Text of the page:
WEBVTT physics/ap-physics-c-mechanics/fullerton
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Hello, everyone, and welcome back to www.educator.com.
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I am Dan Fullerton and in this lesson we are going to talk about Newton’s s and third laws of motion.
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Our objective is to understand the relation between the force that acts on an object and the objects acceleration.
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Perhaps, the most important part of the entire course.
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Write down and utilize vector equations resulting from the applications of Newton's second law.
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Applying it in third law and analyzing the forces between two objects.
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Solve problems in which application of Newton's laws leads to simultaneous linear equations.
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Let us start off by talking about Newton's s law of motion that is so useful in the course.
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It says the acceleration of an object is in the direction of indirectly proportional to the net force applied and inversely proportional to the objects mass.
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It is valid only in inertial reference frames.
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However, for the purposes of this course we are assuming everything we deal with is an inertial reference frame.
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The way we write it the net force or if you prefer the sum of all forces on an object is equal the mass × acceleration that = ma.
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How do we apply it?
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We start off with free body diagrams like we talk in our last lesson.
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Then, for any forces that do not line up with the x or y axis we break those in the components that do lie on the x or y axis with those pseudo free body diagrams.
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Then, we write expressions for the net force in the x and y directions and set the net force = mass × acceleration since Newton's law s law tells us f = ma.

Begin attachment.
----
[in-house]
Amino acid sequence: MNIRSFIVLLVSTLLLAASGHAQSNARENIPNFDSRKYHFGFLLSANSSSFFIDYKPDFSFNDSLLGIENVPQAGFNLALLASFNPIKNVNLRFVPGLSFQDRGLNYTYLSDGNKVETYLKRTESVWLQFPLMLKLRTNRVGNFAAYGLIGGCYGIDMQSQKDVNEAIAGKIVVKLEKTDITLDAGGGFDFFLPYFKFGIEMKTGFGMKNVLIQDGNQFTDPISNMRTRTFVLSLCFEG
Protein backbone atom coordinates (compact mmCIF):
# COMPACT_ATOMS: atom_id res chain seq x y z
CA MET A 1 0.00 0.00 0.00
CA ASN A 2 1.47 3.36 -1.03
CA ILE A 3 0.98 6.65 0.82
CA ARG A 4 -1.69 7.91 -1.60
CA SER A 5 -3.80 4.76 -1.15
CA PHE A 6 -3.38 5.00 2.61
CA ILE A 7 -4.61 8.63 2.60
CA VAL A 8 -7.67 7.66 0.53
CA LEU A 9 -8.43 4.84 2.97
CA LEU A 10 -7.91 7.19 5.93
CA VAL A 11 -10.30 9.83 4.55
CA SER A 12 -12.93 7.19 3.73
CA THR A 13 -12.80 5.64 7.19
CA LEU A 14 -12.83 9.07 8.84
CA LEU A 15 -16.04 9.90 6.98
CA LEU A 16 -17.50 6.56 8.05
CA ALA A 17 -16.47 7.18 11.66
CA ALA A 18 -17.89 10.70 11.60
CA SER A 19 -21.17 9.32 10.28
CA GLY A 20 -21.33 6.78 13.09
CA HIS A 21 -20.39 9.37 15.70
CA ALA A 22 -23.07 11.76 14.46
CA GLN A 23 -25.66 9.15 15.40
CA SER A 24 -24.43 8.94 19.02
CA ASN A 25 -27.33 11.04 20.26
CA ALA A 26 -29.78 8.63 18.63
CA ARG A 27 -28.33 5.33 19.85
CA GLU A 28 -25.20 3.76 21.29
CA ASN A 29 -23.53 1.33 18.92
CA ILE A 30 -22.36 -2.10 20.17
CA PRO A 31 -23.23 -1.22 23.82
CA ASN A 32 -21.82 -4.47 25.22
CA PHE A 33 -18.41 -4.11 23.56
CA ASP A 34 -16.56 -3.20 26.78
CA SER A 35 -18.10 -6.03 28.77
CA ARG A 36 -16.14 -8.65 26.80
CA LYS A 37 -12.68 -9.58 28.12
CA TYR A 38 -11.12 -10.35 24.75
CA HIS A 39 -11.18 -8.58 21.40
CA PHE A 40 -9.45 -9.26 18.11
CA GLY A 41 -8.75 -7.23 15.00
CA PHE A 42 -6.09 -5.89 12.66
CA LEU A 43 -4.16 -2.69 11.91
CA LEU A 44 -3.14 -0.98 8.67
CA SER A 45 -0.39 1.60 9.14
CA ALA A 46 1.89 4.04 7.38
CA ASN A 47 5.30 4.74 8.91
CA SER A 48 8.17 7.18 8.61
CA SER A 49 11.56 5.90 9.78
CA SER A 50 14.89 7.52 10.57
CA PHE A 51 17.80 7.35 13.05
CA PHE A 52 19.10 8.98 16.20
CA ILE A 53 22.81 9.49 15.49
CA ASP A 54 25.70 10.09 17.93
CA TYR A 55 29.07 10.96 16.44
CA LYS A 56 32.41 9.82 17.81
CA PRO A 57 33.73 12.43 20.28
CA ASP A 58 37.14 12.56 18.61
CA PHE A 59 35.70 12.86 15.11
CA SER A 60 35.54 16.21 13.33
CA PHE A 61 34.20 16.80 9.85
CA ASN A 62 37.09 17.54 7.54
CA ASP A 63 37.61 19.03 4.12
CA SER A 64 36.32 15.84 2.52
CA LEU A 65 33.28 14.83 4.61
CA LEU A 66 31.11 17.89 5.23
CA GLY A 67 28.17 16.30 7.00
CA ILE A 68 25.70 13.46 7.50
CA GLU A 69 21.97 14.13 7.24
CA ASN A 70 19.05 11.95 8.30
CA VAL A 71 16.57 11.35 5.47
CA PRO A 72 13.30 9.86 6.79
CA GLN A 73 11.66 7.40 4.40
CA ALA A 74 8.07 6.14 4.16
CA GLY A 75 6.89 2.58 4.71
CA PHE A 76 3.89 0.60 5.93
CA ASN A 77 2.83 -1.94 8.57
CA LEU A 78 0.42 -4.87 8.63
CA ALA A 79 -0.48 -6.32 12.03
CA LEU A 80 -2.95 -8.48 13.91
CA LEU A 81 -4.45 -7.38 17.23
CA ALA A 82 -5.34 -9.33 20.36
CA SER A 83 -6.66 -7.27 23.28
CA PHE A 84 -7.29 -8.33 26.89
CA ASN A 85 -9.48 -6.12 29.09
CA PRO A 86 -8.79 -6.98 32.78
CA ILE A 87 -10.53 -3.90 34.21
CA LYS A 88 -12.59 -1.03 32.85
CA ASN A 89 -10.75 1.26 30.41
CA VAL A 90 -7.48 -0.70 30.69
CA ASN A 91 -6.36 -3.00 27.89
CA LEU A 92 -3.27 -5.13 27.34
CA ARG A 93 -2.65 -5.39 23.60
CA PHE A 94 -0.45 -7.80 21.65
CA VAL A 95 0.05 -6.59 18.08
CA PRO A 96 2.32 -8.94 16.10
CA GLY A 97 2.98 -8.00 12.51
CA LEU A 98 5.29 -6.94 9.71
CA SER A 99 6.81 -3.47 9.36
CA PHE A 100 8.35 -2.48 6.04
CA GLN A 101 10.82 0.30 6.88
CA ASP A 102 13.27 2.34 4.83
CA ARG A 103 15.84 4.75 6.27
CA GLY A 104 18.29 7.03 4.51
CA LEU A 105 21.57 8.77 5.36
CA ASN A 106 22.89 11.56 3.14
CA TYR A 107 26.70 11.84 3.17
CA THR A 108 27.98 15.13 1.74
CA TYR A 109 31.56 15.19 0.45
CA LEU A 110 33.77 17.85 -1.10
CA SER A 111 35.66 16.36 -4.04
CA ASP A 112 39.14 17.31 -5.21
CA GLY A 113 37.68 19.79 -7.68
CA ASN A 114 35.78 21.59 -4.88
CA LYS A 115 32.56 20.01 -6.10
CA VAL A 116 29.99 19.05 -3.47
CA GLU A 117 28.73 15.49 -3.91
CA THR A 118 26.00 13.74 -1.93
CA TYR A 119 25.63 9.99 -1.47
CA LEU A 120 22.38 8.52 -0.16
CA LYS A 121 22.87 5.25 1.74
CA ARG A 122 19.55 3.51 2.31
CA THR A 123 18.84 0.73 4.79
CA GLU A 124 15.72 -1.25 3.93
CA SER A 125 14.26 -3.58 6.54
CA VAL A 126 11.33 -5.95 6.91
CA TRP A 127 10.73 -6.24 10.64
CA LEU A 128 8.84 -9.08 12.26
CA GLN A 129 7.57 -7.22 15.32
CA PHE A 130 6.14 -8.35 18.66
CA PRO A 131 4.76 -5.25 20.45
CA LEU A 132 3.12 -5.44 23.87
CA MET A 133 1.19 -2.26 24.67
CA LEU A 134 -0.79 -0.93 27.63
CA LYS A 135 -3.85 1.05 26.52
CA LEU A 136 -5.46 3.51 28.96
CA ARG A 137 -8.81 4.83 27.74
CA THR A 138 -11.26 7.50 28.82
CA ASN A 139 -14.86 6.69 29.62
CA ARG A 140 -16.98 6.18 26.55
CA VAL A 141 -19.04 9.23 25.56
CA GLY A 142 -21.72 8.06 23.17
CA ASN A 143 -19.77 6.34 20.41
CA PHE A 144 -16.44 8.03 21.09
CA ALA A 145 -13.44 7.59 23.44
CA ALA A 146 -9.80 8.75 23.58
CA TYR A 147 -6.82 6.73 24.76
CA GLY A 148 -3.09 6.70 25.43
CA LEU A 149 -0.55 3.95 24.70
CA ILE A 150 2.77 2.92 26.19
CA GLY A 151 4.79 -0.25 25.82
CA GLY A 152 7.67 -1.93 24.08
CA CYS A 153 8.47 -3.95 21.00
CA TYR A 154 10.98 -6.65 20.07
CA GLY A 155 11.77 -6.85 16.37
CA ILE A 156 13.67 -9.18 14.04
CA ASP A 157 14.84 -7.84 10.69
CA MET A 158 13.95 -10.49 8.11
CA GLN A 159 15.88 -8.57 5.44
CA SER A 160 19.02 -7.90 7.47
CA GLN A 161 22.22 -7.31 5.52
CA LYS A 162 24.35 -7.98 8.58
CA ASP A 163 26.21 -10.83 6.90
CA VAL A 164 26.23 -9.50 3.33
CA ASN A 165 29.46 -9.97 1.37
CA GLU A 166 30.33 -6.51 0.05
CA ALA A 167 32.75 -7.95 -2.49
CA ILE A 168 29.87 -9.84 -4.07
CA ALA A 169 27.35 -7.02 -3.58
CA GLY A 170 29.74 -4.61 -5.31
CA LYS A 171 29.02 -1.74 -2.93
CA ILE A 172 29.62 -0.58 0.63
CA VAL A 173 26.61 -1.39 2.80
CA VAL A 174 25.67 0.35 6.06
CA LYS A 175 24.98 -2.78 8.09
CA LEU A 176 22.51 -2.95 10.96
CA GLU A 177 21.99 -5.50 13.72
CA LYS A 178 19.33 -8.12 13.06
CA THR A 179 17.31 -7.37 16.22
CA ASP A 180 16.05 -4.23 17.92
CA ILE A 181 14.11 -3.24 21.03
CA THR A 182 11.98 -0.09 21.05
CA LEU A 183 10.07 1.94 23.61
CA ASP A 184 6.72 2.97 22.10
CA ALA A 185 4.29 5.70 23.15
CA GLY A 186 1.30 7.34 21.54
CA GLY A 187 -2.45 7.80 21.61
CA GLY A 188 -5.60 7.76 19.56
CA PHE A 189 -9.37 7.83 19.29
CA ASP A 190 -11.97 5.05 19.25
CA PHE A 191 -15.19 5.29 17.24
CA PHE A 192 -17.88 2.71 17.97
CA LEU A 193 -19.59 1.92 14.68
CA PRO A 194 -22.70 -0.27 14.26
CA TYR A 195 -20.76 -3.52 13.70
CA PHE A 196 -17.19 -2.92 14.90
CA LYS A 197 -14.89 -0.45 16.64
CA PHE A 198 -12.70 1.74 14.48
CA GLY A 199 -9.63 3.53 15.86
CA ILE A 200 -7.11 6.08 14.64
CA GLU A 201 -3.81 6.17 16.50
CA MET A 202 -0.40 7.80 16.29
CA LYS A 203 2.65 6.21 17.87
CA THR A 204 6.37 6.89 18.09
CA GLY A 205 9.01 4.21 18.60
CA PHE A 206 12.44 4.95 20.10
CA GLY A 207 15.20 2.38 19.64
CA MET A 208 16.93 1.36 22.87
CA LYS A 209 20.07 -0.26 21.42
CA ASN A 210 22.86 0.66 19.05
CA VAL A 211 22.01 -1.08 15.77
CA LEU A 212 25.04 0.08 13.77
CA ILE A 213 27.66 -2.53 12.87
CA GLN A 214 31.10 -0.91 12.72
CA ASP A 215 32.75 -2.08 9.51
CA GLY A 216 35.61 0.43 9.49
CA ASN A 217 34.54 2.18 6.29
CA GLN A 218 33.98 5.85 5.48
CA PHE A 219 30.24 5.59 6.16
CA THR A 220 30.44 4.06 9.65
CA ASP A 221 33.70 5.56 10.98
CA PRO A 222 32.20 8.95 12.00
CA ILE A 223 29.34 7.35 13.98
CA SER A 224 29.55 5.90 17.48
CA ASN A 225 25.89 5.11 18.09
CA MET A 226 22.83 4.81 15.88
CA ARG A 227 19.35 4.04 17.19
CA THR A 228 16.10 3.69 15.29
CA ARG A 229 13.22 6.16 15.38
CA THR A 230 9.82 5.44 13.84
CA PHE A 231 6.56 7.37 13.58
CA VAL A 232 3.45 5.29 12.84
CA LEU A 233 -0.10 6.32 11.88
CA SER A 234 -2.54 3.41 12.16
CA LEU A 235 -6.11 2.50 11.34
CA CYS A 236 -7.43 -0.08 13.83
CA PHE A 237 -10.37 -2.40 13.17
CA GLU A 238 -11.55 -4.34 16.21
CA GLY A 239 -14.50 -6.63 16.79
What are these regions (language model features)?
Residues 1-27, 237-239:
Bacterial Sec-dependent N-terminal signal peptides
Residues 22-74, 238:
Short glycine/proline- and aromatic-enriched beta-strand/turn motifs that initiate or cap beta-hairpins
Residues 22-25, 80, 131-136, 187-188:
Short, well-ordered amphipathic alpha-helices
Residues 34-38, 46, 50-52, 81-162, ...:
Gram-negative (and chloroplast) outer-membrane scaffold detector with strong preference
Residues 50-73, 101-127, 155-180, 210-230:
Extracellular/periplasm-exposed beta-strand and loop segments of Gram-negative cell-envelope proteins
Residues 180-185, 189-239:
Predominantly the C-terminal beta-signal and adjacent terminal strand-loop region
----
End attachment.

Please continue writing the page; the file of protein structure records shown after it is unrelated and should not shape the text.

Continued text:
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Finally, solve the resulting equations.
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We will do lots of examples.
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Let us start off with a block on the surface.
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Two forces f1 to the left and f2 to the right are applied to a block on the frictionless horizontal surface as shown.
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If the magnitude of the blocks acceleration is 2 m/s² find the mass of the block.
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Since you get a bigger force to the left let us call to the left our x direction here.
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If we look our net force in the x direction we have 12 in the positive direction - we have 2 in the negative x direction = mass × the acceleration in the x direction.
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12 -2 is 10 N must equal our mass × acceleration 2 m/s².
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Therefore, our mass must be 10 N / 2 m/s² or 5 kg.
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Nice and straightforward.
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How about if we have some concurrent forces?
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A 25 N horizontal force northward in the 35 N horizontal for southward at concurrently at a 15 kg object on a frictionless surface.
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What is the magnitude of the objects acceleration?
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Let us draw that.
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We have got 25 N to the north, we have 35 N that is our object.
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35 N south what is the magnitude of the objects acceleration?
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Why do not we call it down or south our y direction since we can see that is the bigger force.
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I am going to write that the net force in the y direction is 35 N -25 N because that points in the -y direction and
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that must be equal to mass × acceleration in the y direction or 10 N = 15 kg mass × acceleration.
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Or acceleration then is equal to 10 N / 15 kg which is 0.67 m/s².
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That is Newton’s second law.
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As we talk about Newton’s second law an opportune time to talk about mass vs. weight.
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If you recall mass is a measurement of an object’s inertia.
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It tells you how much stuff something is made up of.
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It is a constant.